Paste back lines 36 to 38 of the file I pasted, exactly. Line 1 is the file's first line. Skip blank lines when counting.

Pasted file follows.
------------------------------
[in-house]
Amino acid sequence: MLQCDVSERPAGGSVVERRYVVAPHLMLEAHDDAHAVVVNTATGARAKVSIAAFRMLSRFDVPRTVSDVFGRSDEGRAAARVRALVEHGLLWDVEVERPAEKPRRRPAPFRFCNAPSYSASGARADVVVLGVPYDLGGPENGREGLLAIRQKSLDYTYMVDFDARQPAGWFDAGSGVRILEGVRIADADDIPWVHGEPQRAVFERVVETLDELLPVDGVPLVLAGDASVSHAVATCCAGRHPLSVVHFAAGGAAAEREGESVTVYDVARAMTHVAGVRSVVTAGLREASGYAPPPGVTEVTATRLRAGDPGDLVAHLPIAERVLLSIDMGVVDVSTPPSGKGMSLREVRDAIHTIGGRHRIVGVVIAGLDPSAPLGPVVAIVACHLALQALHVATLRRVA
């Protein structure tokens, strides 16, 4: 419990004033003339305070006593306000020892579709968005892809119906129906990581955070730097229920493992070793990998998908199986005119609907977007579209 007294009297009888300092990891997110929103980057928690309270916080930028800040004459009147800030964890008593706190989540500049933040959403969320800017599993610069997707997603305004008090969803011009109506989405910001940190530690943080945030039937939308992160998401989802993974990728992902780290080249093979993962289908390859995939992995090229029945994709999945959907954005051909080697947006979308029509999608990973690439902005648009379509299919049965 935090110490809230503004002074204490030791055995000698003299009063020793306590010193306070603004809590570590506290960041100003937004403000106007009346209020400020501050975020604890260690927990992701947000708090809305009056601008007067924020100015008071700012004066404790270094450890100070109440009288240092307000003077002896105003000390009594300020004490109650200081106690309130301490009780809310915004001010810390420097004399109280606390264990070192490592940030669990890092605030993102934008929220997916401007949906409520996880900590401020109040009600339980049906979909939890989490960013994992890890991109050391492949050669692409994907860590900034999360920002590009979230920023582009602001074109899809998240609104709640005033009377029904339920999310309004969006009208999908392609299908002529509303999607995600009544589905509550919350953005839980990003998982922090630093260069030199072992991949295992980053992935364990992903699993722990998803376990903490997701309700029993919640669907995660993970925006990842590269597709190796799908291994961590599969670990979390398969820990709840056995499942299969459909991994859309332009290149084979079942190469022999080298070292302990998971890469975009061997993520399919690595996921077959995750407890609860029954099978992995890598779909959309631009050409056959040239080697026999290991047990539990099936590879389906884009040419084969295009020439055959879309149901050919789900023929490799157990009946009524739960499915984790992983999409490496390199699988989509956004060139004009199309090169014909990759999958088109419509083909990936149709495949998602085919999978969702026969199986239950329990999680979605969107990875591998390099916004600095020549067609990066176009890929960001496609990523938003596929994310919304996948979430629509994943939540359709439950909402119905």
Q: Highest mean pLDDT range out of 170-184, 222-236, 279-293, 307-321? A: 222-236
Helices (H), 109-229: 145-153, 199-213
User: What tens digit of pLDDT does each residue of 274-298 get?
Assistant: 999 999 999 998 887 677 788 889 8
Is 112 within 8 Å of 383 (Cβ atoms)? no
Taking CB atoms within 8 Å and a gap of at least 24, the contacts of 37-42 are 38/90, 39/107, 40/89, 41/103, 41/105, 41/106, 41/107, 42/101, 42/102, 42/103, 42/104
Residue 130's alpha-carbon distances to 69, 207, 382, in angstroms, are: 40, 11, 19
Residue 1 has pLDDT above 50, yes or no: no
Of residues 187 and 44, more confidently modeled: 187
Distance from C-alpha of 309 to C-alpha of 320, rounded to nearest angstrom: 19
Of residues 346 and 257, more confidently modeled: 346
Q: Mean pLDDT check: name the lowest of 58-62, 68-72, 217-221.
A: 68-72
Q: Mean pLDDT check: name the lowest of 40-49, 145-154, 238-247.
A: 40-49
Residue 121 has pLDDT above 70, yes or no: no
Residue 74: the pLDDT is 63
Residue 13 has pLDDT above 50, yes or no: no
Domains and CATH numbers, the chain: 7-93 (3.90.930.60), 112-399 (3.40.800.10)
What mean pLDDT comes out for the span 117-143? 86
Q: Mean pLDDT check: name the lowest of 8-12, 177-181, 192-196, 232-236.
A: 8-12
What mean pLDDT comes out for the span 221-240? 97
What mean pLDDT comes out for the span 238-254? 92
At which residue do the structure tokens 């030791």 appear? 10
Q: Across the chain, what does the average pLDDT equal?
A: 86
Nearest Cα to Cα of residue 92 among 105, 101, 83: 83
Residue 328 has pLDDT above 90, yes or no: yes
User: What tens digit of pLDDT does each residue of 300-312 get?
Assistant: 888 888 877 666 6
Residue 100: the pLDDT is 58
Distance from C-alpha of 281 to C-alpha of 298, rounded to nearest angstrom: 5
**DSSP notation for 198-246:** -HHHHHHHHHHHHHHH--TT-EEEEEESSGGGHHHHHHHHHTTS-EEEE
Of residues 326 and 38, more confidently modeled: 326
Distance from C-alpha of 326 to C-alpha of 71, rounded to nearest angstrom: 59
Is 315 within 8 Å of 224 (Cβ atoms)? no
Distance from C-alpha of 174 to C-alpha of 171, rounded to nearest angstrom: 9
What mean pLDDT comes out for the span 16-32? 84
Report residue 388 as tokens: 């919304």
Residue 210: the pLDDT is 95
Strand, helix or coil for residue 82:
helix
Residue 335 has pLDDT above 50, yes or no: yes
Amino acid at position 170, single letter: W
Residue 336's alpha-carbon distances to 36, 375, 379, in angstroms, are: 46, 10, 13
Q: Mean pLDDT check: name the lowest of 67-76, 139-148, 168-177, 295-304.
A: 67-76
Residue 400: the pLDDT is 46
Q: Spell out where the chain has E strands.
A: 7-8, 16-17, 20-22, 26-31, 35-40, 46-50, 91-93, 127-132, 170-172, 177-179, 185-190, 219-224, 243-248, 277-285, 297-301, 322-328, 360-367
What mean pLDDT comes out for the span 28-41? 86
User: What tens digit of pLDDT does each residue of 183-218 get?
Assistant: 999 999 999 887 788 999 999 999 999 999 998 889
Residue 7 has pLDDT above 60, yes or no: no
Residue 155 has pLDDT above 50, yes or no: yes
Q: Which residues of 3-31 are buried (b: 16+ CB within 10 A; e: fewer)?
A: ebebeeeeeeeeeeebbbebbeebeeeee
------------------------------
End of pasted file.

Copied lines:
Distance from C-alpha of 281 to C-alpha of 298, rounded to nearest angstrom: 5
**DSSP notation for 198-246:** -HHHHHHHHHHHHHHH--TT-EEEEEESSGGGHHHHHHHHHTTS-EEEE
Of residues 326 and 38, more confidently modeled: 326